Virginia to Stop Accepting Online Training for Concealed Handgun Permits


Virginians will no longer be able to get concealed handgun permits through online classes after January 1, 2021. A law passed last March by the General Assembly amends Virginia Code § 18.2-308.02 to require in-person firearms training or safety courses.

The amendment makes the requirement state, “Completing any in-person firearms training or safety course or class, including an electronic, video, or online course, conducted by a state-certified or National Rifle Association-certified firearms instructor.”

Executive Director of the Virginia Association of Chiefs of Police Dana Schrad told The Virginia Star that the organization had no official position on the change, but she said, “As professionals who have to be certified in the use of firearms, we do see the benefit in in-person [Concealed Carry Weapon] CCW training to prevent fraud and insure participation in a critical training program to enhance firearms safety.”

However, Bob Marcus of Norfolk-based Bob’s Guns told The Star, “The people who are against the online training, usually it’s police officers who believe that people should have guns, but they want the same amount of training that they get and then they will be comfortable with it; and that’s just not realistic in our society.”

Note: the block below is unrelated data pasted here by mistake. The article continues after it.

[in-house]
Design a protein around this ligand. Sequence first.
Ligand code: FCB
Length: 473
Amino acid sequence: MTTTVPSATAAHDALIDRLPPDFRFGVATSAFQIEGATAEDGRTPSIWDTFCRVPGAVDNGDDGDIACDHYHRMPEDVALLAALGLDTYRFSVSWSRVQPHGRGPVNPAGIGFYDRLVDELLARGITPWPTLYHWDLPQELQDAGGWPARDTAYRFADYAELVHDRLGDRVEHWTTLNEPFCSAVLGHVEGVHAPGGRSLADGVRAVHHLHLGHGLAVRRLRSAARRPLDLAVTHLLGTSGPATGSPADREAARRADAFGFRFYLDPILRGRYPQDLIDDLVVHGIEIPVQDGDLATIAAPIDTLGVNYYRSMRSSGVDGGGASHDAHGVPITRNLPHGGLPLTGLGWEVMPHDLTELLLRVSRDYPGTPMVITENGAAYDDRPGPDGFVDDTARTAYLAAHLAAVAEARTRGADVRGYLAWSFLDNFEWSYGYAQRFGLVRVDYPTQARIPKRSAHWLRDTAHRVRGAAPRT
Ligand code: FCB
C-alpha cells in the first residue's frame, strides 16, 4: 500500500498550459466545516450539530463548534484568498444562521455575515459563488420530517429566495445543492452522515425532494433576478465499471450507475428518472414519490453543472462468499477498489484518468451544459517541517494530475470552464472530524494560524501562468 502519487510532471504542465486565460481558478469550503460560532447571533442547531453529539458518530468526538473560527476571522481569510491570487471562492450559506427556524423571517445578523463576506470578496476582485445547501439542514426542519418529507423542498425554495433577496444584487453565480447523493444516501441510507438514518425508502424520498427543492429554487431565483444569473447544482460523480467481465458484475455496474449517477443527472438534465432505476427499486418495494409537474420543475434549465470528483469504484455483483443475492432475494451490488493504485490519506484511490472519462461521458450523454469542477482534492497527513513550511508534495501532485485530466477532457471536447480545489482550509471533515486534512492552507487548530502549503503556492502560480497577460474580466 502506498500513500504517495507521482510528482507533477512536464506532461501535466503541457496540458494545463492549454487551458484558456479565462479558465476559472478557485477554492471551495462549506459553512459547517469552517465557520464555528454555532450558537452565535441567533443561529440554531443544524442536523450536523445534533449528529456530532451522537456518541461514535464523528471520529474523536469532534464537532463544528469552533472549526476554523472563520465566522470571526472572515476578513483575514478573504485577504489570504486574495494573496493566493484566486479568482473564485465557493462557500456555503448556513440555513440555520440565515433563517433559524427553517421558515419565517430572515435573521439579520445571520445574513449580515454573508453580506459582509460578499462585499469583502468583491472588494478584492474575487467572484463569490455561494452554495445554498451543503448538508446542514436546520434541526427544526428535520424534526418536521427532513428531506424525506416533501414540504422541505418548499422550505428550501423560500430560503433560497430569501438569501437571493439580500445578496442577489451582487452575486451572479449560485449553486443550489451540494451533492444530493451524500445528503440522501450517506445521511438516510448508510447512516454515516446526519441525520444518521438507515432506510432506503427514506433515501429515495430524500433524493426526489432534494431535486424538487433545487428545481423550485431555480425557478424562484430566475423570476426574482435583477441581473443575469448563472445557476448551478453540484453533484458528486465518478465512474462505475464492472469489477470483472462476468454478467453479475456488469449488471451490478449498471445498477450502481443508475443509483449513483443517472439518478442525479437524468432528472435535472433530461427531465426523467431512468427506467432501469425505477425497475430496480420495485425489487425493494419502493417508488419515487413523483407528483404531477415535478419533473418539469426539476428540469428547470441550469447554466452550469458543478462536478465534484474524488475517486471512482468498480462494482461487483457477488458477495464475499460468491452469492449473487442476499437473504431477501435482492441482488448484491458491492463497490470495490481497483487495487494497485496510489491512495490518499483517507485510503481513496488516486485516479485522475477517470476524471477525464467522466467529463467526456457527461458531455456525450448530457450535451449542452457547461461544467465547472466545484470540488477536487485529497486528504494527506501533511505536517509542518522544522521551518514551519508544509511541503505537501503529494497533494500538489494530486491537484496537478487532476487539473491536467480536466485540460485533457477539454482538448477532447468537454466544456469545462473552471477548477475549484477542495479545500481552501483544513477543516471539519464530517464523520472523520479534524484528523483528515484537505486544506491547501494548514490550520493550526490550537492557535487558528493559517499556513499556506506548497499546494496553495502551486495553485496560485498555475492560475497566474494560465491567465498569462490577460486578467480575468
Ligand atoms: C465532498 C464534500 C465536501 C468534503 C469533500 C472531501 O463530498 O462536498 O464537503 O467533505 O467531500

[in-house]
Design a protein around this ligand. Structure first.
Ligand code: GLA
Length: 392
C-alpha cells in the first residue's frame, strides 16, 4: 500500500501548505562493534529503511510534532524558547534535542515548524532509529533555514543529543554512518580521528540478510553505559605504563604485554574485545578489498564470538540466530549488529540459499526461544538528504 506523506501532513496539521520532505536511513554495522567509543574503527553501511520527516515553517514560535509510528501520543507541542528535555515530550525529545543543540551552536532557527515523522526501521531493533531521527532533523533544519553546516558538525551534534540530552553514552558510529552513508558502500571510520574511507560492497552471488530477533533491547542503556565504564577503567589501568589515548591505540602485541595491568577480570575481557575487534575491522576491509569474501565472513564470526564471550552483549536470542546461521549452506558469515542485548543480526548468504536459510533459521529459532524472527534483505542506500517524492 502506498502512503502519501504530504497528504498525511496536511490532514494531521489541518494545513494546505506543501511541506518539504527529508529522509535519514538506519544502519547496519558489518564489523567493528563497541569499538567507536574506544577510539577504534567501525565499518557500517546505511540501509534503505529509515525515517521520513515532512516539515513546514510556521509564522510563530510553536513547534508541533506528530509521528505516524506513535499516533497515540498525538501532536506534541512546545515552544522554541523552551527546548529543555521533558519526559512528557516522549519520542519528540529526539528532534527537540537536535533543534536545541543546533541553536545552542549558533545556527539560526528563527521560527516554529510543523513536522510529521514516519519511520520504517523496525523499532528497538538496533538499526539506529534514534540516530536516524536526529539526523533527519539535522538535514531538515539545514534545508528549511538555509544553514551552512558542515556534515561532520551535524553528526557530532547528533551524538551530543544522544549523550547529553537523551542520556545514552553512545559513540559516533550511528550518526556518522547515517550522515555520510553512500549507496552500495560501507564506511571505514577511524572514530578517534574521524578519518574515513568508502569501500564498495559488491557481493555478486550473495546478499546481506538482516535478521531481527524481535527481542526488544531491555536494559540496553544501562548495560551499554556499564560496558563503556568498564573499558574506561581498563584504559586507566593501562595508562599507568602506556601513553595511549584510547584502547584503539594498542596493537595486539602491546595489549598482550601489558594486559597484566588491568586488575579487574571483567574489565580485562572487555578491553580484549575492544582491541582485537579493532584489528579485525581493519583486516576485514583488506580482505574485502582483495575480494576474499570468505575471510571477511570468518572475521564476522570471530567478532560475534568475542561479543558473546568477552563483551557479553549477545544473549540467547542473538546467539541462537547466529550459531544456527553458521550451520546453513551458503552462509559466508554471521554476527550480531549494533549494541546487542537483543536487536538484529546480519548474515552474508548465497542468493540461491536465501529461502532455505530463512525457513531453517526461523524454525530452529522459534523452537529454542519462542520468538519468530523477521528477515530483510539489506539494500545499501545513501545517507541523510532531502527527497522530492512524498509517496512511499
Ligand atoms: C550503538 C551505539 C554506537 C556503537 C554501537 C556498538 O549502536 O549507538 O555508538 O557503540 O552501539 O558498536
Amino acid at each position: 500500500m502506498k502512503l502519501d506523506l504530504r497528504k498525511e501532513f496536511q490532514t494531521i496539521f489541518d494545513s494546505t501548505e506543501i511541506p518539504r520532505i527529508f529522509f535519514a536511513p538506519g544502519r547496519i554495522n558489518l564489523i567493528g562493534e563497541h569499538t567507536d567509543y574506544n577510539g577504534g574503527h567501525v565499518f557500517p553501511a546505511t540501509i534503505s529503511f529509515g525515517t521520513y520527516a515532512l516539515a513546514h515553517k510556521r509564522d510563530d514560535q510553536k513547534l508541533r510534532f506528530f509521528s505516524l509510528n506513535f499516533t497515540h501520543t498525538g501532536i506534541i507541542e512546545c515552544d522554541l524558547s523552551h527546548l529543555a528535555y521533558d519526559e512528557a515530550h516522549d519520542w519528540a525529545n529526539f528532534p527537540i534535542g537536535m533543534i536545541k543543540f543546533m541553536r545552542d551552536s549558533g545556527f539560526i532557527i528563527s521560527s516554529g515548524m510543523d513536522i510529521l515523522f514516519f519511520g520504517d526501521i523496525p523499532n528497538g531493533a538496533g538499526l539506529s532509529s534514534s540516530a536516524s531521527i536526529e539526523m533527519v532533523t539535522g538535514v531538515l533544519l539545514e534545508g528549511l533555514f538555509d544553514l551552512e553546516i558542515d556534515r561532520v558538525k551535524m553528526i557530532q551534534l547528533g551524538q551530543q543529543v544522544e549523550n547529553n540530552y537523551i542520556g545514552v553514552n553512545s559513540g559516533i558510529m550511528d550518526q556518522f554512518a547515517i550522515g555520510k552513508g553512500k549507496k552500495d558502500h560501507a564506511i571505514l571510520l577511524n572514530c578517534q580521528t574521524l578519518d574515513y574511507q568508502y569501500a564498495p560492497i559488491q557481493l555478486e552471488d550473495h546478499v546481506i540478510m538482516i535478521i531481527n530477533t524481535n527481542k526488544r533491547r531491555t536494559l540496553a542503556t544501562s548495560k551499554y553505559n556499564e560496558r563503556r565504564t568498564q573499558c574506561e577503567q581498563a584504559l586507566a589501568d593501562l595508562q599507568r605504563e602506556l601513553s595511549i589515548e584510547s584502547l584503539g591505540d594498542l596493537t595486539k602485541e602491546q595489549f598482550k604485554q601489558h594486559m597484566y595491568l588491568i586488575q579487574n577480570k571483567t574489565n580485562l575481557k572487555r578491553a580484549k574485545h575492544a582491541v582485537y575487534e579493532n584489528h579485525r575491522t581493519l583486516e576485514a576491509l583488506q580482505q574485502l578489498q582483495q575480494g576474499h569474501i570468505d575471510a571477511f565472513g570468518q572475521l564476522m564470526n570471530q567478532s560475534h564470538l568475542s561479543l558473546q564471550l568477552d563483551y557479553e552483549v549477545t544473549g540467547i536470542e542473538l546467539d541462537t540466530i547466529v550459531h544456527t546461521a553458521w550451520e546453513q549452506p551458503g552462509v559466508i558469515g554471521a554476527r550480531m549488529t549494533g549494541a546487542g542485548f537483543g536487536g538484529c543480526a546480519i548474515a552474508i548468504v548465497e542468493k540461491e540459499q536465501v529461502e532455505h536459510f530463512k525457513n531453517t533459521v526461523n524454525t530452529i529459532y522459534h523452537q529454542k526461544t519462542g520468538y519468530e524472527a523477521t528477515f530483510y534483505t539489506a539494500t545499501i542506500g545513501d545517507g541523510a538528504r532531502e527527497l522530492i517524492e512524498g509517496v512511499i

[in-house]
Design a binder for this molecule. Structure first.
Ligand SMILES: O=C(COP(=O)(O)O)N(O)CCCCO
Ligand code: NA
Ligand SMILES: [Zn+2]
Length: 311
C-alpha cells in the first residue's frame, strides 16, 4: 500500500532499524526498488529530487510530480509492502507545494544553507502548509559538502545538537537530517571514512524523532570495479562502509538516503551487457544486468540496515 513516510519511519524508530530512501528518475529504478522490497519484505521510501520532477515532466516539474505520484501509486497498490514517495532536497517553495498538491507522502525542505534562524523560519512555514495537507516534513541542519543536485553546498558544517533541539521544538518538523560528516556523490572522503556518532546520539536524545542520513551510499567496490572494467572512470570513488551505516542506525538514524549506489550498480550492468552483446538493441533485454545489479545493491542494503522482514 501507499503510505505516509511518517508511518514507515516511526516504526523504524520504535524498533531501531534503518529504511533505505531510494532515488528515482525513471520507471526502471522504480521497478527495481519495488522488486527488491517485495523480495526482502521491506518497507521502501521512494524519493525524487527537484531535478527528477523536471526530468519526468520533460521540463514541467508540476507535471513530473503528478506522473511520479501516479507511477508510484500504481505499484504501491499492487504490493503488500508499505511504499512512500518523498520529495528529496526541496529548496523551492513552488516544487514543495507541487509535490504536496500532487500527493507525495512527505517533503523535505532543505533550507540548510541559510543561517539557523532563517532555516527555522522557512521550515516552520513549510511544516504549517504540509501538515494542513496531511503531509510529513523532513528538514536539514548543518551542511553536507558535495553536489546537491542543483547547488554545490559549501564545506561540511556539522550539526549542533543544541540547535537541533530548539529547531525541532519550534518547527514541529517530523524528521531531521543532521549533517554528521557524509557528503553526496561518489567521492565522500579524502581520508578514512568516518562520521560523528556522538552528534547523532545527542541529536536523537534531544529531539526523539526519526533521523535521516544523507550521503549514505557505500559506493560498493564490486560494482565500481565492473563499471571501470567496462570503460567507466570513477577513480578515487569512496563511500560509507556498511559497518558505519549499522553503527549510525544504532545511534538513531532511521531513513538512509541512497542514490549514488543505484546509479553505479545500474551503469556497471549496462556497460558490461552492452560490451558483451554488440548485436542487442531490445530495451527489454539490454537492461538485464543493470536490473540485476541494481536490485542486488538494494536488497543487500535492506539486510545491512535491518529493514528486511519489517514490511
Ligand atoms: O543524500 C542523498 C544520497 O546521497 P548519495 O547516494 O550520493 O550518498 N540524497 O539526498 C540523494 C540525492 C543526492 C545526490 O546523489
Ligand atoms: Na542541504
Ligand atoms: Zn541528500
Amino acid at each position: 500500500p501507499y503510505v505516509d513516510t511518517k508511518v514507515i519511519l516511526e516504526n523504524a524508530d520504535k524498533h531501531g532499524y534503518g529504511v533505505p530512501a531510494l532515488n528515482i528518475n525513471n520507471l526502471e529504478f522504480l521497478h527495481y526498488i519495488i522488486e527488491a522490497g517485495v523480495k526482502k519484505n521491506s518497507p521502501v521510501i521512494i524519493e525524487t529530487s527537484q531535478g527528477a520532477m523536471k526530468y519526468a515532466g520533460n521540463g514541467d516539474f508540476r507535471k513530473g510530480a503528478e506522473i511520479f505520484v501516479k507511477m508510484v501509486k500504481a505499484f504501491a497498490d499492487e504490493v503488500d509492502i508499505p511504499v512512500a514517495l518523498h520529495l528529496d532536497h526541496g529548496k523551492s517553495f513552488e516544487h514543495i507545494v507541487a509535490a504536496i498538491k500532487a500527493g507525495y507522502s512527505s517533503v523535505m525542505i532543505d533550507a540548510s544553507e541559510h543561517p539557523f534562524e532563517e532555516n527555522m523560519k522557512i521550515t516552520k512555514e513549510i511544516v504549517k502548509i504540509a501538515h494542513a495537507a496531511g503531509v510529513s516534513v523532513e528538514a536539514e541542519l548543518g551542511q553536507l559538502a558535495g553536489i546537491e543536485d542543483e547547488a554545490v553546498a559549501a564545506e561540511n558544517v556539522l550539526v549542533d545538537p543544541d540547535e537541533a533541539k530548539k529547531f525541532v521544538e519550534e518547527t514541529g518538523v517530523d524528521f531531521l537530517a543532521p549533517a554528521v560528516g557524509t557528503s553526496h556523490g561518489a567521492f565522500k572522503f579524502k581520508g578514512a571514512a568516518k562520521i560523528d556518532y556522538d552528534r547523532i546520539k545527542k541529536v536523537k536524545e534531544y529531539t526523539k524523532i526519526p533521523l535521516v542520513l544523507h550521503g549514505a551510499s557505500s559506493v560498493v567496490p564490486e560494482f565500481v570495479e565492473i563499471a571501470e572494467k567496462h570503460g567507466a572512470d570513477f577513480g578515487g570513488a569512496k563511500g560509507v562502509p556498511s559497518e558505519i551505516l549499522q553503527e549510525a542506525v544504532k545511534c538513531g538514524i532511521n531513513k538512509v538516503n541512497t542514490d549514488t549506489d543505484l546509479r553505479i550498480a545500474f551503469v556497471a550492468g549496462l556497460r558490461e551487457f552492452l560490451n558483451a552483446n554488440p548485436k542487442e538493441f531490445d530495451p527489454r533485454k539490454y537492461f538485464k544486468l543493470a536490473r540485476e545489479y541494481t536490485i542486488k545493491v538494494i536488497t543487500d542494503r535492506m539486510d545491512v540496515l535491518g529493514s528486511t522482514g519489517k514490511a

Marcus said that some states had instituted a mandatory multi-hour, police-level training for CCW permits, but he said that’s excessive and impossible for some citizens.

Since the provision for online classes was added by the General Assembly in 2008, there have been no problems with online training, Marcus said. He noted that online training is helpful for people who live a long distance from a class, and for people who physically can’t complete hours of firearms training.

“This is bad, especially with classroom size limitations during COVID-19.” Marcus said his shop’s classes are normally 30 people, but that’s limited now by social distancing.

According to Marcus, many people living in other states apply for non-resident concealed handgun permits in Virginia through an online class; the Virginia permits are recognized by some other states. However, that option for training will end on January 1.

On the other hand, it will drive more business to gun shops and ranges, according to Marcus.

“Legislators and law enforcement both have told me the same thing: the important component of the concealed handgun permit is the background check. The training is a bit of an impediment, but they’re interested in who’s getting these permits, and that’s the important part of it,” Marcus said.

He concluded, “It’s really sad because it’s taken a little more freedom away from individuals who could benefit from it.”

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Eric Burk is a reporter at The Virginia Star and the Star News Digital Network.  Email tips to [email protected].
Photo “Concealed Carry” by Clinger Holsters. CC BY-ND 2.0.







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